Wheat output in China, the world’s largest producer and consumer of the grain, may be at risk after severe winter drought in its main northern producing regions, the United Nation’s Food and Agriculture Organization said.
“Substantially below-normal rainfall since October 2010 in the North China Plain, the country’s main winter wheat-producing area, puts at risk the winter wheat crop to be harvested later in the month of June,” the FAO said in a special report on China published Feb. 8.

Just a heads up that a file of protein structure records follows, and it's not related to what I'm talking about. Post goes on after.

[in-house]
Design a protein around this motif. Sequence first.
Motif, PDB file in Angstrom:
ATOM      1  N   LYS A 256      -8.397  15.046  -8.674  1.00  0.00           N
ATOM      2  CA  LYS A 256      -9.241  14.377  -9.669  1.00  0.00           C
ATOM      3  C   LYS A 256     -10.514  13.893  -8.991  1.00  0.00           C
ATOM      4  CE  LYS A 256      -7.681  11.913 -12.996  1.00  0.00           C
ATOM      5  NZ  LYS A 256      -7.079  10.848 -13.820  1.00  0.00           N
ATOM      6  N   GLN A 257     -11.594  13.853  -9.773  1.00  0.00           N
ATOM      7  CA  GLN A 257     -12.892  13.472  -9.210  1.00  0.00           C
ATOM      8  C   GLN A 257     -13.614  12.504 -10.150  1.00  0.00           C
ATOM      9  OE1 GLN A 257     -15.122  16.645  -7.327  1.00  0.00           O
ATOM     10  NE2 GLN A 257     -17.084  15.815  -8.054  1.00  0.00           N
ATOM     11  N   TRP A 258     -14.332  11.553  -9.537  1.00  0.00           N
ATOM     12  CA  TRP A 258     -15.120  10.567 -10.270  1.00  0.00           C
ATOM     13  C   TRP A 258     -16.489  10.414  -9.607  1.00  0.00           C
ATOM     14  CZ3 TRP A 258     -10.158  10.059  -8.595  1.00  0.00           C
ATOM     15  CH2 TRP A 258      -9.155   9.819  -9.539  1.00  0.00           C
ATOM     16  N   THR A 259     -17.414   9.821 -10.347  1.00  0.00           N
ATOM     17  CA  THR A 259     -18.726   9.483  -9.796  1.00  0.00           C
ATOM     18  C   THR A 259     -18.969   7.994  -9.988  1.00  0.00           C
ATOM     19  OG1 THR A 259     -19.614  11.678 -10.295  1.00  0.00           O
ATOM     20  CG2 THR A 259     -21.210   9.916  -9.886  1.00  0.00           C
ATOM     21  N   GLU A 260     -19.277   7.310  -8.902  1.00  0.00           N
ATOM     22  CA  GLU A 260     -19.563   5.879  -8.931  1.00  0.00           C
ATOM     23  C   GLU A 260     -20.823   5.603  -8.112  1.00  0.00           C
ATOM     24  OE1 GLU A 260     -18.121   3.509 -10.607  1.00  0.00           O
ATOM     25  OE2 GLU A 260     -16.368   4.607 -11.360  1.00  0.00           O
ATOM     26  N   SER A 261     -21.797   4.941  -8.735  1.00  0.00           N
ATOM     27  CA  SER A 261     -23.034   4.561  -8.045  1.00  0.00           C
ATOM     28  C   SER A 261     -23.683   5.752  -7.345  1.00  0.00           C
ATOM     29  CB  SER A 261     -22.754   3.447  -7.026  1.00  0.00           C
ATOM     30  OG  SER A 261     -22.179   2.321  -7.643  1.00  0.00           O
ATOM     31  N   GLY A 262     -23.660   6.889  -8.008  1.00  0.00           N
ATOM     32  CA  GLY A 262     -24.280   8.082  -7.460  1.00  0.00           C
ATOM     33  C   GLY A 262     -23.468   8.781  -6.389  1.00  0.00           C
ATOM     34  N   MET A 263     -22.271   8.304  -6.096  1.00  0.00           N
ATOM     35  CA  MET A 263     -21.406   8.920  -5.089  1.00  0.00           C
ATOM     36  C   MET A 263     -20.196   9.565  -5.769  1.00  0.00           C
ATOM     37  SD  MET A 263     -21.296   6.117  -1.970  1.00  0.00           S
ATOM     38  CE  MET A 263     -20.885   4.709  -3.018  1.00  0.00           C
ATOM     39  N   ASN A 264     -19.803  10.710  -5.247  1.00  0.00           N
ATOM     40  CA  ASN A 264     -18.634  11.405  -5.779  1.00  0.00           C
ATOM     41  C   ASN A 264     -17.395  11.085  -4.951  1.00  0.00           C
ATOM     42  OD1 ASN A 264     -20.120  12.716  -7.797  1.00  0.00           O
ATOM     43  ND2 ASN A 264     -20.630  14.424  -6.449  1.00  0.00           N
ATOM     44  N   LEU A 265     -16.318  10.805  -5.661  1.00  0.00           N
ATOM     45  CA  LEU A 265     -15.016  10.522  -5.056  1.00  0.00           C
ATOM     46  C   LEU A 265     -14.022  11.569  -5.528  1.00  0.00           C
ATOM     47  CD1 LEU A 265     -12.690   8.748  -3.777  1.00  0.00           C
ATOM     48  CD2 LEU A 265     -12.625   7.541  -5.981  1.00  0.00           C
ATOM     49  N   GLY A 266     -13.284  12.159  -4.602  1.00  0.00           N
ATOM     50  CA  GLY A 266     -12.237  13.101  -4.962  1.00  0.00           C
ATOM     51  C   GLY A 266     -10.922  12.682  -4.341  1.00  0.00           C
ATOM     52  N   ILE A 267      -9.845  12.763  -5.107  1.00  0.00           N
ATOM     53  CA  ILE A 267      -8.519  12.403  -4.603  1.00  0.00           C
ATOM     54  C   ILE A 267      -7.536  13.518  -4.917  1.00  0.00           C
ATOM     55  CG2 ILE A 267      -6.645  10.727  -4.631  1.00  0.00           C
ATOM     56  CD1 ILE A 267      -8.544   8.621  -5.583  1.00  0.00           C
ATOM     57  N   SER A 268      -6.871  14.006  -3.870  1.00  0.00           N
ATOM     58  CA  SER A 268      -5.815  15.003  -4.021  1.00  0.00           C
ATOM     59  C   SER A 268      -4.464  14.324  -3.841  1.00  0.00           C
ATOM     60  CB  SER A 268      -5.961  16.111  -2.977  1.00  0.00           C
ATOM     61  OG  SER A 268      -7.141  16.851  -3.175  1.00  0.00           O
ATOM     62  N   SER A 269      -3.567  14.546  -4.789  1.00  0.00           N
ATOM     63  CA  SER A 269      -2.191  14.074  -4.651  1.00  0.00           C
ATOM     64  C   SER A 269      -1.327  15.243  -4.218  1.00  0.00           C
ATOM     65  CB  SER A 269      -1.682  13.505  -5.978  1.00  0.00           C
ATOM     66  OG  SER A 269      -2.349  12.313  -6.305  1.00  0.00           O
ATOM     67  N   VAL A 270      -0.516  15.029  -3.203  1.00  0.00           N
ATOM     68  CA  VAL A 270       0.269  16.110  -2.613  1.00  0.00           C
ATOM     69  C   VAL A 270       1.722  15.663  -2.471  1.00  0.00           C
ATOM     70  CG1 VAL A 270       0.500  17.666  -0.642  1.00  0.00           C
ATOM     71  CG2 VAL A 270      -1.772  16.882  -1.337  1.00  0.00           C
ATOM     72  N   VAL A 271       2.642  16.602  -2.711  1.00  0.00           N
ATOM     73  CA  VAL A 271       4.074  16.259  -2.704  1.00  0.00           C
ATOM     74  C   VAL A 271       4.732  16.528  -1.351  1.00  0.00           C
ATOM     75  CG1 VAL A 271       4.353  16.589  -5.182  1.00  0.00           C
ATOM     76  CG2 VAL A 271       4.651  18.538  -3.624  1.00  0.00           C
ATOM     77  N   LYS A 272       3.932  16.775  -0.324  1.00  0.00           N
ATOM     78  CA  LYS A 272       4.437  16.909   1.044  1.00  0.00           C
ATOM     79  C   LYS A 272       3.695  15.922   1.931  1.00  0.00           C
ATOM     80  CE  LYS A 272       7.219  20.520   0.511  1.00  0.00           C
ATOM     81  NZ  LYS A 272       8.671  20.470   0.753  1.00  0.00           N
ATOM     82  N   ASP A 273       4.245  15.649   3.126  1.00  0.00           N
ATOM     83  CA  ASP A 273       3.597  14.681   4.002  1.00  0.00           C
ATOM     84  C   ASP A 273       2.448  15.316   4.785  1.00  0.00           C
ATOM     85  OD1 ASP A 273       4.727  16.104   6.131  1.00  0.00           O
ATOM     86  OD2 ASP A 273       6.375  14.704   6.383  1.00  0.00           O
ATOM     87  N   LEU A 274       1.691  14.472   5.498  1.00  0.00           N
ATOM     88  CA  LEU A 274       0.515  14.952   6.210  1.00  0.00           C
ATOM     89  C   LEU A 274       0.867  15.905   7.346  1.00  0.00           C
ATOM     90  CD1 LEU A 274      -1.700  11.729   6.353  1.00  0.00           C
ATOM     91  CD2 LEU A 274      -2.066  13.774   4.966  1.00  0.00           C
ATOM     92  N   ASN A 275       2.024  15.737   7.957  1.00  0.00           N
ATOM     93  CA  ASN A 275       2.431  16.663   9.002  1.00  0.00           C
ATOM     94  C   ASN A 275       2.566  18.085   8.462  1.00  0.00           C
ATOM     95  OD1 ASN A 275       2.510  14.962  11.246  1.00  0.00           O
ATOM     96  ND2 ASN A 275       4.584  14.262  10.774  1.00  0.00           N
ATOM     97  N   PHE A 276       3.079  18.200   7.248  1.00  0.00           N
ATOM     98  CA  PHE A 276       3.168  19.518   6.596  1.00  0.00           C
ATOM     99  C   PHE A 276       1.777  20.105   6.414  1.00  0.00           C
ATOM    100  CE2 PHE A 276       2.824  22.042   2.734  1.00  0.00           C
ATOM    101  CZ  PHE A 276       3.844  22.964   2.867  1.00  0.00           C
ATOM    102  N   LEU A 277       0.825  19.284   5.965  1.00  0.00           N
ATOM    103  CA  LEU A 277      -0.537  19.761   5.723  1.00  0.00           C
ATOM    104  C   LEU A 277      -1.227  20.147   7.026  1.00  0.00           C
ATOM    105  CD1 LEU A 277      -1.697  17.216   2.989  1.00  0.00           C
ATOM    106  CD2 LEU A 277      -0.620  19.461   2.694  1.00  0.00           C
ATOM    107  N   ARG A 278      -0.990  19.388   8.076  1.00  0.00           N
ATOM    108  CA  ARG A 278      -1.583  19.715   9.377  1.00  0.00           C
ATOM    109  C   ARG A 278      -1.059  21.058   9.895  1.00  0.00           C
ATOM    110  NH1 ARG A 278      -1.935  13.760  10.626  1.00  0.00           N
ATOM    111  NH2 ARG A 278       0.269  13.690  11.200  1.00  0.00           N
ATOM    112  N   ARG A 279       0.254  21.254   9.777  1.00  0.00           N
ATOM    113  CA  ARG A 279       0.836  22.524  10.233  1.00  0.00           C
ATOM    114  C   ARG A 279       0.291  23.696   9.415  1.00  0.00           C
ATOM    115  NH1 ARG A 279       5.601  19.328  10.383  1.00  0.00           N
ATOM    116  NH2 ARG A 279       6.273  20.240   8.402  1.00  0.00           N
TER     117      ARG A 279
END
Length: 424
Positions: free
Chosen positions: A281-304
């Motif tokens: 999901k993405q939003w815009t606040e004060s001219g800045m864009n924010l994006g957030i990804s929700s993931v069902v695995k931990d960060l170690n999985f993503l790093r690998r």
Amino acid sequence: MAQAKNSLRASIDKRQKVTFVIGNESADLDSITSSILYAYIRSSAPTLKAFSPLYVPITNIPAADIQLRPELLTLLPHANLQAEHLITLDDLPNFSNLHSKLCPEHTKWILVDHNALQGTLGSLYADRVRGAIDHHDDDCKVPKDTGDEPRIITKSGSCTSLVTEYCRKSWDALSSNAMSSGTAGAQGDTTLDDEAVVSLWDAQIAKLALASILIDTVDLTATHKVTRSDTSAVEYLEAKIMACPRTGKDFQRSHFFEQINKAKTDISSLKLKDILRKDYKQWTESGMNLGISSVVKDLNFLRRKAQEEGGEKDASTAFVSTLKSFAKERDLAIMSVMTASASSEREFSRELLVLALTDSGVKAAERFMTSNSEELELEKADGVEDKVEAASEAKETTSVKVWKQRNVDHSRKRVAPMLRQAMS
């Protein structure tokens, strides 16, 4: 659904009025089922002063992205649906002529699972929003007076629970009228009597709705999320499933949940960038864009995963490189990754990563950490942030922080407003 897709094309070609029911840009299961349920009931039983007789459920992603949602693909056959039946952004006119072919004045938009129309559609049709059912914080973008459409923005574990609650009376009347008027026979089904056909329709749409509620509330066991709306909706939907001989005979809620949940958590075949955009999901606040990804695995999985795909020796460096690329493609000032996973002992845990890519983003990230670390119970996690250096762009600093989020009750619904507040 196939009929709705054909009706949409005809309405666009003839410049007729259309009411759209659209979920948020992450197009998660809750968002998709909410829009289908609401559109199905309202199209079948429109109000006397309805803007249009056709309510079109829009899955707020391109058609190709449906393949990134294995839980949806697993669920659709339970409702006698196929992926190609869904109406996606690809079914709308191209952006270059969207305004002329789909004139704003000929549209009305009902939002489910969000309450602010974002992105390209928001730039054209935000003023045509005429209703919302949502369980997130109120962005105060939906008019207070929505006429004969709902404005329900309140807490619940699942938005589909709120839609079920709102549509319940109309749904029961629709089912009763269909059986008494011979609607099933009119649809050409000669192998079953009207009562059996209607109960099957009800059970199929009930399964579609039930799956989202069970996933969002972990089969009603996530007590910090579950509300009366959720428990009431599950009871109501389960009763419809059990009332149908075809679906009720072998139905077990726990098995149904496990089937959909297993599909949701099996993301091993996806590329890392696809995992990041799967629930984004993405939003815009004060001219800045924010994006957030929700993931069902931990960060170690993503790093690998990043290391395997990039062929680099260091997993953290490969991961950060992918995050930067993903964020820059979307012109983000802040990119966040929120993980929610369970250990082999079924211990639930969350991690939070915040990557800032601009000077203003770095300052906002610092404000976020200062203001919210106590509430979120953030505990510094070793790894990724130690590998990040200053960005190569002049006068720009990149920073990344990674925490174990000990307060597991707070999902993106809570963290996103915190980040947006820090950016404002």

“Although the current winter drought has, so far, not affected winter wheat productivity, the situation could become critical if a spring drought follows the winter one and/or the temperatures in February fall below normal,” it said.
Winter wheat accounts for about 95 per cent of China’s total harvest of the crops which was 115.1 million tonnes in 2010.
The drought in northern China has been driving local prices higher. In January, the national average retail price of wheat flour rose more than eight per cent compared to two months earlier and was 16 per cent higher than a year earlier, the FAO said.